Home > Newsletter > The Best, Worst, and BESTWORST Stephen King Adaptations

The Best, Worst, and BESTWORST Stephen King Adaptations

Written by Kendare Blake

A couple of months ago, a friend and I were talking about Stephen King adaptations (they were running Stephen King with Story Notes on AMC that week) and got to wondering exactly how many movies had been made from his work. We were able to name so many: Carrie, The Shining, The Stand, Cujo, Misery, The Tommyknockers, Hearts in Atlantis; we could go on and on.

“How many books has the guy written?” my friend wanted to know. “I wonder what percentage have been made into movies?”

So I said, let’s count. “And remember, it’s not only King novels, but short stories that have to be tallied. Movies have been made from short stories, too. 1408, for example. And we might want to track which works have been optioned for film without ever being produced.”

“You’re getting too involved in this,” my friend said.

Based on the rough and lazy count that followed, we arrived at this rough and lazy answer: Stephen King writes a lot of stuff, and a lot of that stuff gets made into movies. Pick up a short story collection, and somewhere inside, a film awaits. The novels are probably optioned before they’re even written. When will we see a movie version of Under The Dome or 11/22/63? The answer?

Someday. Probably. Odds are looking good.

This conversation got me thinking about the best and worst Stephen King adaptations, and I thought I’d share my list, including a special category for the BESTWORST adaptation. And oh yeah, there will probably be spoilers. Here we go.

THE BEST

Stand By Me

Raise your hand if you thought I was going to say The Shawshank Redemption. Ha! Well I didn’t. That would’ve been the obvious choice. Instead I say that this tale, adapted from King’s pensive novella “The Body” does all the things that King does best in his non-supernatural work: it studies the transitory nature of childhood friendships; short-lived but often the most memorable of your life. It’s a beautiful, careful film, carried along by genuine good times and undercut with the constant menace of knowing these kids are in real danger.

THE WORST

Dreamcatcher

Raise your hand if you thought I was going to say Maximum Overdrive. Well I didn’t. I like Maximum Overdrive. It’s hilarious.

No, my vote has to go to Dreamcatcher, a big pile of turd of a movie, complete with horrible CGI aliens that go up your butt and I don’t know, incubate until you poo them out again. If Ridley Scott’s aliens had taken this route, we would never have been able to watch Prometheus, because no other Alien movies would have been made.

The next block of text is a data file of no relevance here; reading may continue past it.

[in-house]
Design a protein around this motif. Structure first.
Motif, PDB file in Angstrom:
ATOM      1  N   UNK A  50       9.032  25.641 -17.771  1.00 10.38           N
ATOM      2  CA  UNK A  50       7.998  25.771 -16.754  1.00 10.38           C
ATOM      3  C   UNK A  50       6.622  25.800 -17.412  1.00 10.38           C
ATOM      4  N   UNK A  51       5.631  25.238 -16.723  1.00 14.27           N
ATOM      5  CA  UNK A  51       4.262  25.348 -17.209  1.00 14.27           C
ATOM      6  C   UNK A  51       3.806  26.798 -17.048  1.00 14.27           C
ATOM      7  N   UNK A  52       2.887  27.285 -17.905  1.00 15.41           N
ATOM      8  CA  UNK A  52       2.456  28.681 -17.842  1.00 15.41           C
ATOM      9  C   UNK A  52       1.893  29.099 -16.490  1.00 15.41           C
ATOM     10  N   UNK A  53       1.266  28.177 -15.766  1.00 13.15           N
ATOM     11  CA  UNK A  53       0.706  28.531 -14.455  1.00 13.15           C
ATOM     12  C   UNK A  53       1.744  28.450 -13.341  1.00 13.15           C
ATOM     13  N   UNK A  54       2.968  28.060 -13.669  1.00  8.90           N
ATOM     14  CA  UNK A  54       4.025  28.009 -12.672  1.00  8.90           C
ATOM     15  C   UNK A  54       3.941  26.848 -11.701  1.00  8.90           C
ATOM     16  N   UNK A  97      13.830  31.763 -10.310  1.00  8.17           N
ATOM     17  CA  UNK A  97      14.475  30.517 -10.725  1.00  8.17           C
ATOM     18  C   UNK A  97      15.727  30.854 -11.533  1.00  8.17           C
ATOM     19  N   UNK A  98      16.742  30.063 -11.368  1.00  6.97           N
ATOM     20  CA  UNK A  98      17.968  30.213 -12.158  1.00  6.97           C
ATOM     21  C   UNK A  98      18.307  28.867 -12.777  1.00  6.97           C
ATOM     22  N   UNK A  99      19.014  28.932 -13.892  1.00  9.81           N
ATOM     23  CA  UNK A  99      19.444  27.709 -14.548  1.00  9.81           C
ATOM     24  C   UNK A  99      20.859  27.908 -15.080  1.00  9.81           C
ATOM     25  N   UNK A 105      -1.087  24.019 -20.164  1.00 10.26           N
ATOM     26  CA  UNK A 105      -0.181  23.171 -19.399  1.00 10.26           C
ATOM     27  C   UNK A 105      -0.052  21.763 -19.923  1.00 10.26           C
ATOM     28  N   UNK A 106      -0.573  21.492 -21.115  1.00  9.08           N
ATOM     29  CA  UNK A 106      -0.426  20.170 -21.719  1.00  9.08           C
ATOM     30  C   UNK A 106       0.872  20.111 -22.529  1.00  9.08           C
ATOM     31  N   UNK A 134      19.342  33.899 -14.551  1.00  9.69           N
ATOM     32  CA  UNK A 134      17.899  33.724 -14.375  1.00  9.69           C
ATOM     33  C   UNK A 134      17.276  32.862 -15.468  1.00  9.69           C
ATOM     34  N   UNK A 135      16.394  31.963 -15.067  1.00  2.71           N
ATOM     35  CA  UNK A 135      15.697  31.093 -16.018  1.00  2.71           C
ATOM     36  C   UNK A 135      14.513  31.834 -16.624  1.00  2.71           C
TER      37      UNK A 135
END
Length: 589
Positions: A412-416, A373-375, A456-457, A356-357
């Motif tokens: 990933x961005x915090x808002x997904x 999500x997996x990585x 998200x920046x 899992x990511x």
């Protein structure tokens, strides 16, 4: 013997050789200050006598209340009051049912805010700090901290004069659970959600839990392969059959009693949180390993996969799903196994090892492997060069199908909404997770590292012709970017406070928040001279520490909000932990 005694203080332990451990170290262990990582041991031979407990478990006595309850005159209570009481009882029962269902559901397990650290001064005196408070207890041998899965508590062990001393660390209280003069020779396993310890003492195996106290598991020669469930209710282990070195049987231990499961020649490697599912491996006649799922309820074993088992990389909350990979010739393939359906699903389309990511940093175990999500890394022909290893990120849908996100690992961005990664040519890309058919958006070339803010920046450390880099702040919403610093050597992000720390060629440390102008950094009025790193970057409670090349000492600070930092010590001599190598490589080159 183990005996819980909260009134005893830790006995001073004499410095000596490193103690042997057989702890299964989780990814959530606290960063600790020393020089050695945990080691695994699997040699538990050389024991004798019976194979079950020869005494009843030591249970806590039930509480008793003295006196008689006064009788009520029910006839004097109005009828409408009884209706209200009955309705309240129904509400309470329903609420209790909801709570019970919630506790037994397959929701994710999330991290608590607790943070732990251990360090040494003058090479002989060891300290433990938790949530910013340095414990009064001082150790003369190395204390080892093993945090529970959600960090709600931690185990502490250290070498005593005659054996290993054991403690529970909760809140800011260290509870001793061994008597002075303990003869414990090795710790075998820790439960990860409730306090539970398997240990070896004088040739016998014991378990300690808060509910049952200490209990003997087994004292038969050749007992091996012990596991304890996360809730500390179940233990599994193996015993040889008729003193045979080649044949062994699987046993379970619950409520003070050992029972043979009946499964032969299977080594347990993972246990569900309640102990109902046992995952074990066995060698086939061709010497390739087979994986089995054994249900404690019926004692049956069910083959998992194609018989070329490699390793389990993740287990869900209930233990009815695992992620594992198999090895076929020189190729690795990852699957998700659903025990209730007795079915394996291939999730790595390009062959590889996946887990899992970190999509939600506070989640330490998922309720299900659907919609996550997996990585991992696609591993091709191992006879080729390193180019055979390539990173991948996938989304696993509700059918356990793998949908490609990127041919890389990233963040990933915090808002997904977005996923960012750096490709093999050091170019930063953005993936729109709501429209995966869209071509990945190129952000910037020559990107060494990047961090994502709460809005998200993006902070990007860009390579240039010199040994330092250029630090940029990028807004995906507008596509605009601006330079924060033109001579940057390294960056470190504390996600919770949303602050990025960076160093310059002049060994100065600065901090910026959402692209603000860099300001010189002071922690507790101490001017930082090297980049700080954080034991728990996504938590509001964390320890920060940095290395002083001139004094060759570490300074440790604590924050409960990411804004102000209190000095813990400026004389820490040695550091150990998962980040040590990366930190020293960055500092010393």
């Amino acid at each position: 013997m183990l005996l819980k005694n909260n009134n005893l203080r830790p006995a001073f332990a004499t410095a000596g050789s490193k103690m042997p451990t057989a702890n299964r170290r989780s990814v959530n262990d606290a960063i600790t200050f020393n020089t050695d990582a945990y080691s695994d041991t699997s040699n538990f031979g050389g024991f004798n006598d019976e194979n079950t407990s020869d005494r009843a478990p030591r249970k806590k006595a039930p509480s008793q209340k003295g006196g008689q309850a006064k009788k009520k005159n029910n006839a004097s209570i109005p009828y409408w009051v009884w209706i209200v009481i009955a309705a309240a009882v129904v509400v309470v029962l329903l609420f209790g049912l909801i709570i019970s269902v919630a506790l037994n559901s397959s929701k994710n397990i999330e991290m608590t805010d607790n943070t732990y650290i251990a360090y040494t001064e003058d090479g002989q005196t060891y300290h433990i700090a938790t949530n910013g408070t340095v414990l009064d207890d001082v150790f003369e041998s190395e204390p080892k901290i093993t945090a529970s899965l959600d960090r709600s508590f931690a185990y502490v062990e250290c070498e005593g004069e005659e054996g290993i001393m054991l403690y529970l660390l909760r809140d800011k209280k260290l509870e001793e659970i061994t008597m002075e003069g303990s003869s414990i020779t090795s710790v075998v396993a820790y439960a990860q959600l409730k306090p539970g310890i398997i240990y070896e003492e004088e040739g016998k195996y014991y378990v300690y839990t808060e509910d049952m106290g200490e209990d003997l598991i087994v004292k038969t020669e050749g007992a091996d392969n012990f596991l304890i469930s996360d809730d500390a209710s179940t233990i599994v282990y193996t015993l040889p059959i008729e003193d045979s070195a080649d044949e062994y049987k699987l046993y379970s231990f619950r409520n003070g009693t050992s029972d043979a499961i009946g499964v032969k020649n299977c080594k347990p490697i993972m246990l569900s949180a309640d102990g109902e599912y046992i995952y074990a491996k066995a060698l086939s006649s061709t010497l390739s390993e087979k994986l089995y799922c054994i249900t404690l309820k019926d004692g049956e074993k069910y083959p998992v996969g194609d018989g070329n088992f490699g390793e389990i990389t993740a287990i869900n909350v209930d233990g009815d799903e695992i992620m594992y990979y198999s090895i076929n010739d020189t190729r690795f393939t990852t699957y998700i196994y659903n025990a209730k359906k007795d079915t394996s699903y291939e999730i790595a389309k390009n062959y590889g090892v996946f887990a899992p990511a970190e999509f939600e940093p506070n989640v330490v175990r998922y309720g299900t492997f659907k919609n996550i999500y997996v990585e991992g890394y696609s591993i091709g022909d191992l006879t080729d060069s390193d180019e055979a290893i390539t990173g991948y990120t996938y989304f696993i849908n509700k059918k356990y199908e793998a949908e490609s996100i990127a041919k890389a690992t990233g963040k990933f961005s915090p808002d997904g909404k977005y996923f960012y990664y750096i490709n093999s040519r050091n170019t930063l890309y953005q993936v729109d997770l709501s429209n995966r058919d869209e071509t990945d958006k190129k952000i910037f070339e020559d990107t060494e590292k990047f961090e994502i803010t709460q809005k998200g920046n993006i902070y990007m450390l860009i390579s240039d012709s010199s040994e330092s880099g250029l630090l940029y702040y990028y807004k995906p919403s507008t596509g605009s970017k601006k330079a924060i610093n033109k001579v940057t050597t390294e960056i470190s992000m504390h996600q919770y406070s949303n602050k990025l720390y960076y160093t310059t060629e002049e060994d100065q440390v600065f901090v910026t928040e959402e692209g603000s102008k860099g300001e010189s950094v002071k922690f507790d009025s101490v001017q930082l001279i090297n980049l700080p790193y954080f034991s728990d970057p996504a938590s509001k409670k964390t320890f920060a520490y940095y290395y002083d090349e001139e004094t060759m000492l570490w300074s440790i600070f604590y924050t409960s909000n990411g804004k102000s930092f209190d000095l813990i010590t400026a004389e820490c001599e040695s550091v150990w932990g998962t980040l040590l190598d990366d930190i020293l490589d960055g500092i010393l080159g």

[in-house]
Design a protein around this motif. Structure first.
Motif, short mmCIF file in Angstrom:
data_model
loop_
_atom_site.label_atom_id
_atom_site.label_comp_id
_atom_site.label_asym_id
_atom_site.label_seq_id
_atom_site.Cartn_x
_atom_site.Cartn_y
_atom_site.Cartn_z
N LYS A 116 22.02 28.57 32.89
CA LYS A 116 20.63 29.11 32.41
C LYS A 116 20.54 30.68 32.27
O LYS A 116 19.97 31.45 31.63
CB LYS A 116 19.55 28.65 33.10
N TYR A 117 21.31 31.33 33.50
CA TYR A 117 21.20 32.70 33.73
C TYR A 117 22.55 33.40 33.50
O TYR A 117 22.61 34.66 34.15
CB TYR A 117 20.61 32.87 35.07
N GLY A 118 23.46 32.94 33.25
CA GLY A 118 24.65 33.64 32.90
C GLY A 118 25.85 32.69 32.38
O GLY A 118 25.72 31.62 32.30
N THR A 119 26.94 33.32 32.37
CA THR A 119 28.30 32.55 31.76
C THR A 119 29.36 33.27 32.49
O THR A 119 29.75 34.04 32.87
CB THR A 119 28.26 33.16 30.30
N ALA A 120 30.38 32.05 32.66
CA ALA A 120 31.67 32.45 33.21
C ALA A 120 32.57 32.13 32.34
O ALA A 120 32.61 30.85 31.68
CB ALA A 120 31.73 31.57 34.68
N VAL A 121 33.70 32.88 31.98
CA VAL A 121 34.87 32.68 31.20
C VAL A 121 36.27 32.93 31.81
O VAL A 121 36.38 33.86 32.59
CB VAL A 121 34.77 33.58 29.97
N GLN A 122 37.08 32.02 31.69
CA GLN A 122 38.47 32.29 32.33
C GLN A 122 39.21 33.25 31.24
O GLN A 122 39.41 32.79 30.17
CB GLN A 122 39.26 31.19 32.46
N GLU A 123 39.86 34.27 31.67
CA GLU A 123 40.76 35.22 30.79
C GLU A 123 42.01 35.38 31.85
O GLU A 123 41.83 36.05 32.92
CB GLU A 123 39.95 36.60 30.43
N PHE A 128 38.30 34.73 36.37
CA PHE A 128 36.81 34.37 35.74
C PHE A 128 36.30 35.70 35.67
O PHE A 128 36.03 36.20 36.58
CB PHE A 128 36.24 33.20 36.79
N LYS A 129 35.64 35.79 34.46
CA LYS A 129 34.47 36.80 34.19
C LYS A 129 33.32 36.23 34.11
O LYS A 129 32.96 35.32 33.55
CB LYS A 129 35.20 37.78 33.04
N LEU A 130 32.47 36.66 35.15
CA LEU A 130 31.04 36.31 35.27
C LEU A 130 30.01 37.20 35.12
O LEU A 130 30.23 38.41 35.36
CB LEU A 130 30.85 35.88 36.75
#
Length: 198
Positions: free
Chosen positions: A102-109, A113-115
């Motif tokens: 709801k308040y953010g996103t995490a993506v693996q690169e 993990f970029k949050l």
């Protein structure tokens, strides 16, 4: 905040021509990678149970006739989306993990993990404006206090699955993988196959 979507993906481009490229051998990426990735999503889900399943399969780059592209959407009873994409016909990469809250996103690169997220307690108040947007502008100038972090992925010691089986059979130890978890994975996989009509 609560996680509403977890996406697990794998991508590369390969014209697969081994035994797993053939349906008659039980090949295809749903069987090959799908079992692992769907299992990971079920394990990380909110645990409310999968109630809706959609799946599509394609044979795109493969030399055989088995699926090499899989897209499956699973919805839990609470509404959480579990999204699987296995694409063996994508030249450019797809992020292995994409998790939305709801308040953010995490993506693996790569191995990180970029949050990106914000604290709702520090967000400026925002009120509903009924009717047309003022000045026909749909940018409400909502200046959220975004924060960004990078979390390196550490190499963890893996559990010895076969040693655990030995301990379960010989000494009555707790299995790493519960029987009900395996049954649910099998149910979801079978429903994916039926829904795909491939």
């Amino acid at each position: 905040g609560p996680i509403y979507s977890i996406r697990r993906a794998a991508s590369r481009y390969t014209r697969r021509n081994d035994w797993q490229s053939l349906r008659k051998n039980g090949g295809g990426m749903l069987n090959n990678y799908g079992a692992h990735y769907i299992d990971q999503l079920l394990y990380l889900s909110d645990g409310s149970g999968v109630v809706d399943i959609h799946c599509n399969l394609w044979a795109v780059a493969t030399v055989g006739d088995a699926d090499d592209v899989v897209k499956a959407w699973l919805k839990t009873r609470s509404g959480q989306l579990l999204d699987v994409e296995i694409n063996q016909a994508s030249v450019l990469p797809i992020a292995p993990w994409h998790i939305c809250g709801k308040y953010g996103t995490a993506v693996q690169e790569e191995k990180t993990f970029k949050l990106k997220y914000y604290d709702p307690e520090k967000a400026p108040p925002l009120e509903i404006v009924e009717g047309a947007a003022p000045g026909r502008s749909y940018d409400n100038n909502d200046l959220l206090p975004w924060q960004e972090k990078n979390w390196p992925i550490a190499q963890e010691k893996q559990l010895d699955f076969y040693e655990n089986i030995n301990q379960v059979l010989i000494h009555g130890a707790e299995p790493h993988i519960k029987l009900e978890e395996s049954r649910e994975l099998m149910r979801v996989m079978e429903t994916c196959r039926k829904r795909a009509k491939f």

Right now, Dreamcatcher is whispering in my ear about how good the acting was, by Jason Lee and Thomas Jane and Damian Lewis and heck, even Morgan Freeman. It’s telling me that the strong childhood friendships are back in abundance. But dammit, no, Dreamcatcher! Just, no.

THE BESTWORST

I was tempted to say Riding the Bullet, because it’s laughably watchable on a Sunday afternoon. And I do recommend you see it, because it’s great watching David Arquette try to make those scary faces. But in my mind, the BESTWORST Stephen King adaptation will always be the 1990 TV miniseries of IT.

I love IT. I own IT, and once a year I order Chinese food and watch IT, and eat right at the part where they get to the Chinese restaurant, because the eyeball in the fortune cookie always makes me giggle. It’s terrible, and fantastic, and features a pre-puberty Seth Green, and a just slightly post puberty John Boy Walton. Is it scary? Not exactly. But Tim Curry flashing between those hanging white bed sheets is undeniably one more reason to distrust clowns.

So there you have it. My list. With so many films based on King’s work, I expect that few will agree with my choices. I invite you to make your case for your own.

It’s important to note that this list is reflective of the movies only, not the works on which they were based. While I don’t doubt that these days King could have a lot of input on how his tales are adapted, I also don’t doubt that for many of these films he had little control, just like most authors. Someday, it would be cool if Anna Dressed in Blood was adapted, and I could be one of those no-control authors. But in case it doesn’t, here’s a short Best/Worst/BestWorst list of possibilities:

Best: Anna Dressed in Awesome: Directed by the dream team of Joss Whedon and Tim Burton, from an adapted screenplay by Neil Gaiman, a dark, visceral tale with undertones the book didn’t even think of and visuals to kill for.

Worst: Anna Dressed in a Red Dress: Anna reimagined as a 1940’s crime noir, in which Anna is a deranged socialite who murders her wealthy stepfather. Hard-boiled private detective Cas Lowood must run down the mystery in a dark coat and one of those hats. Starring an undiscovered Hemsworth brother and a rapidly aging Kardashian sister.

BestWorst: Anna Dressed in Blood: The Musical.

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  1. sftheory1
    August 6, 2012 at 8:41 am

    I recently watched Stand by Me for the first time. Absolutely loved it. Great film.

  2. shelleybear
    August 6, 2012 at 10:00 am

    Worst?
    “The Mist”, only because arguably, it is the best story king ever wrote and the film completely ruined it.

  3. August 6, 2012 at 10:00 am

    The Mist isn’t the worst? I’m surprised.

  4. August 6, 2012 at 10:08 am